Visual search is a complicated habit that is impacted by various circumstances. Therefore, many studies utilize very simplified stimuli to adjust for these issues. However, the statistics of these stimuli are considerably different from the statistics of natural pictures that the human visual system has been honed to see via evolution and experience. Could this distinction influence search behavior? If this is the case, simplified stimuli may lead to effects commonly associated with cognitive processes, such as selective attention.
Researchers utilized deep neural networks to investigate how improving models for the statistics of one picture distribution constrains performance on a task using photos from another distribution. Four deep neural network architectures were trained on one of three source datasets—natural photos, faces, and x-ray images—and then applied to a visual search task using reduced stimuli. This adaptation resulted in models with performance constraints similar to humans, but models trained only on the search task do not.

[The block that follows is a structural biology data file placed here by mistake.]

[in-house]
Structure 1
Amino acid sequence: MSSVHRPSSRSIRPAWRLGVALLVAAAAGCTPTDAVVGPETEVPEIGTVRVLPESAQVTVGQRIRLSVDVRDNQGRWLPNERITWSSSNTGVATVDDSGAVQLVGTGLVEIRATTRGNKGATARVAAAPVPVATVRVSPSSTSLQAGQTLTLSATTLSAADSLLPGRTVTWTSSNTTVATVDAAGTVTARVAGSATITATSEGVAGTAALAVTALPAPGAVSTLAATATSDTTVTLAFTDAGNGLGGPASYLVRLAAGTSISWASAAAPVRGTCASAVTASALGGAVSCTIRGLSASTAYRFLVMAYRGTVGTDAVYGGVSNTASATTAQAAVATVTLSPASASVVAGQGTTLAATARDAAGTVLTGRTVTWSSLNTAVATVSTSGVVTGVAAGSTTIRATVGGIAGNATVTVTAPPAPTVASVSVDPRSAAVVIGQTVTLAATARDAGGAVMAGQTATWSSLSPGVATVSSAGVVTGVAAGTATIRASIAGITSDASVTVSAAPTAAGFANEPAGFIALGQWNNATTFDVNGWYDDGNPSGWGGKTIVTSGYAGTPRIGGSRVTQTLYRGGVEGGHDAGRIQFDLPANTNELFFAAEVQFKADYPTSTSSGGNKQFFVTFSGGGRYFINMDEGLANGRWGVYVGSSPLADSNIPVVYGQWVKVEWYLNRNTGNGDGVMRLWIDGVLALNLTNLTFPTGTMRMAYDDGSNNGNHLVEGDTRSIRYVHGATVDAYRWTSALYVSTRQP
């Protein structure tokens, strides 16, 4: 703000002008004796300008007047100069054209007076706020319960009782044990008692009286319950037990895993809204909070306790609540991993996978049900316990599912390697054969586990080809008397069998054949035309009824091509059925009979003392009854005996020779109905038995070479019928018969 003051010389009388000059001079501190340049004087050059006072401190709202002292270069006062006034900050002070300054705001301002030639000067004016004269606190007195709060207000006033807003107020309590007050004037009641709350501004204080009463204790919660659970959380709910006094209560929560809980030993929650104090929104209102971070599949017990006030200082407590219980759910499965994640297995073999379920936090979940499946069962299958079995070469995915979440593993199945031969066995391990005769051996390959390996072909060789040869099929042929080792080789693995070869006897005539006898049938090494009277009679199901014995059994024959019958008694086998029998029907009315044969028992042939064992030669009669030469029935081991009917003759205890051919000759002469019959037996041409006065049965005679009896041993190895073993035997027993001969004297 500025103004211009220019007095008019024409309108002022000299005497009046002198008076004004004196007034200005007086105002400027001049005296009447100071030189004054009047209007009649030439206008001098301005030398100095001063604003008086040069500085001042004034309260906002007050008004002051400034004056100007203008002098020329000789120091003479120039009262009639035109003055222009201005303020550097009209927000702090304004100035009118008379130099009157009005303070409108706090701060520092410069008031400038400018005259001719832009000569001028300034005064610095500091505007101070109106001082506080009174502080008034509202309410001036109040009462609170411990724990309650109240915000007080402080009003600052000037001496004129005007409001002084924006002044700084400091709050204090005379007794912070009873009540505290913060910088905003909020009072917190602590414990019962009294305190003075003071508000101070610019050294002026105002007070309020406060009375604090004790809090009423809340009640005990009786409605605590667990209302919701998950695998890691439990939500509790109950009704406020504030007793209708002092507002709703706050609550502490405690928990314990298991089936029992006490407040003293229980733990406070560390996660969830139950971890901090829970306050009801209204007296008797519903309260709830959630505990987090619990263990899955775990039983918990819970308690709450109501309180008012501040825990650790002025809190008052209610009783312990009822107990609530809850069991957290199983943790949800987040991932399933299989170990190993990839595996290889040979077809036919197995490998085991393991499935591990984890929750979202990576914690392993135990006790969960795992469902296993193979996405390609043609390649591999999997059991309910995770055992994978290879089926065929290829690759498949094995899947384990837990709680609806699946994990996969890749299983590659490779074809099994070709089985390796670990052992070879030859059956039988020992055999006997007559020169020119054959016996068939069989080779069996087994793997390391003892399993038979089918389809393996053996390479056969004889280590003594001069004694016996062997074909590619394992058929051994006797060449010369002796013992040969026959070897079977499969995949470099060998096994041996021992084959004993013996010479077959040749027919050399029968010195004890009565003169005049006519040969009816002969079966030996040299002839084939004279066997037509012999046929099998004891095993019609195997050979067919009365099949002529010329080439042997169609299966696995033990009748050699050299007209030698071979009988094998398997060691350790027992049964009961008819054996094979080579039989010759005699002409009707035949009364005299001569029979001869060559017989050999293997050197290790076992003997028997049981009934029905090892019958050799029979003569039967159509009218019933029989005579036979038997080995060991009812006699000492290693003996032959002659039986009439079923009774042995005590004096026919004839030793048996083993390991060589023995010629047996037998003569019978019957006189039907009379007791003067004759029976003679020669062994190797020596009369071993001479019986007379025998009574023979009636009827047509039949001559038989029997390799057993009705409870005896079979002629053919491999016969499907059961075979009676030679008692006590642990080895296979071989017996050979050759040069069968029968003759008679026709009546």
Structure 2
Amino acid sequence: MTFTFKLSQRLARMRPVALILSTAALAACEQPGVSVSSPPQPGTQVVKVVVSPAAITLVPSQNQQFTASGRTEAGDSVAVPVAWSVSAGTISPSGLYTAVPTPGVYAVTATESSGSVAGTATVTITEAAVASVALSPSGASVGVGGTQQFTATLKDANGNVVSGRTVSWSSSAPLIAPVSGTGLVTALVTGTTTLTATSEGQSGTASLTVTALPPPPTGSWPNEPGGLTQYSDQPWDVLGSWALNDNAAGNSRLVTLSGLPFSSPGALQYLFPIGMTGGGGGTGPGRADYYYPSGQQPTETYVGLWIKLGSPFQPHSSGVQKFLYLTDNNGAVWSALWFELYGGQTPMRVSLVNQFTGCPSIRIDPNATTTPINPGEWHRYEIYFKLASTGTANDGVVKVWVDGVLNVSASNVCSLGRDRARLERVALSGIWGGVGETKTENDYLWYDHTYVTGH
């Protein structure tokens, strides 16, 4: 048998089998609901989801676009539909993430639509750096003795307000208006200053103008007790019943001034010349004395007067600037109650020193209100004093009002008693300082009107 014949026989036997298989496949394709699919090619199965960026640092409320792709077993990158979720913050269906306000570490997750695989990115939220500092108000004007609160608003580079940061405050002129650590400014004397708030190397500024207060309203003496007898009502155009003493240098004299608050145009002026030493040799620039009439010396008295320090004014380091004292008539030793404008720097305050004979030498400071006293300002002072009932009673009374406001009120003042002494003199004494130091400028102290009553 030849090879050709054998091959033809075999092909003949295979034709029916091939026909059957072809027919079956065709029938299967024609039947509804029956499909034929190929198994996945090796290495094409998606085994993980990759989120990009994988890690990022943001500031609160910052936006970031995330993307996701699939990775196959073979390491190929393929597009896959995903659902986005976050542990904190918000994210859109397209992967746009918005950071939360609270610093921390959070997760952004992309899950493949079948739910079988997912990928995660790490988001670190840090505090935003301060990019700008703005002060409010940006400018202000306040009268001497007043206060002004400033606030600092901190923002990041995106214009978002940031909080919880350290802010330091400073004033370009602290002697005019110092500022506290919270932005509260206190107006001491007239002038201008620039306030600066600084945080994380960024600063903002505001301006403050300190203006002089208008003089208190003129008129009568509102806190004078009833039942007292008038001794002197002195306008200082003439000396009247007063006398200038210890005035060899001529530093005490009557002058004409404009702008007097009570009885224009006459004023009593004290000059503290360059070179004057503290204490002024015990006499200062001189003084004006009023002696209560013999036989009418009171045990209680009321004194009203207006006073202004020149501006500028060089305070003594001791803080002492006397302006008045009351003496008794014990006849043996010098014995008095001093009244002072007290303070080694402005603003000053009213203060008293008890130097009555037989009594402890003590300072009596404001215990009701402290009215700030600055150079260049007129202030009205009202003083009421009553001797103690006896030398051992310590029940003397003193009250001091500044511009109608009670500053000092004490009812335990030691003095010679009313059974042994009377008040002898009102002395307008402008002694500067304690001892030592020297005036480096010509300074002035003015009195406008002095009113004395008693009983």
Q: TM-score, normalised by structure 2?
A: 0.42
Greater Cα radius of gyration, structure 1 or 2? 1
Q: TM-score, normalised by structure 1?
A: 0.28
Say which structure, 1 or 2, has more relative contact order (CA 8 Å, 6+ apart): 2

They also discovered that deep neural networks trained to identify natural photos have comparable constraints when applied to a search task that employs a different collection of natural images. As a result, data distribution alone cannot explain this impact. Finally, they explored how future research may include an optimization-based strategy in existing visual search behavior models.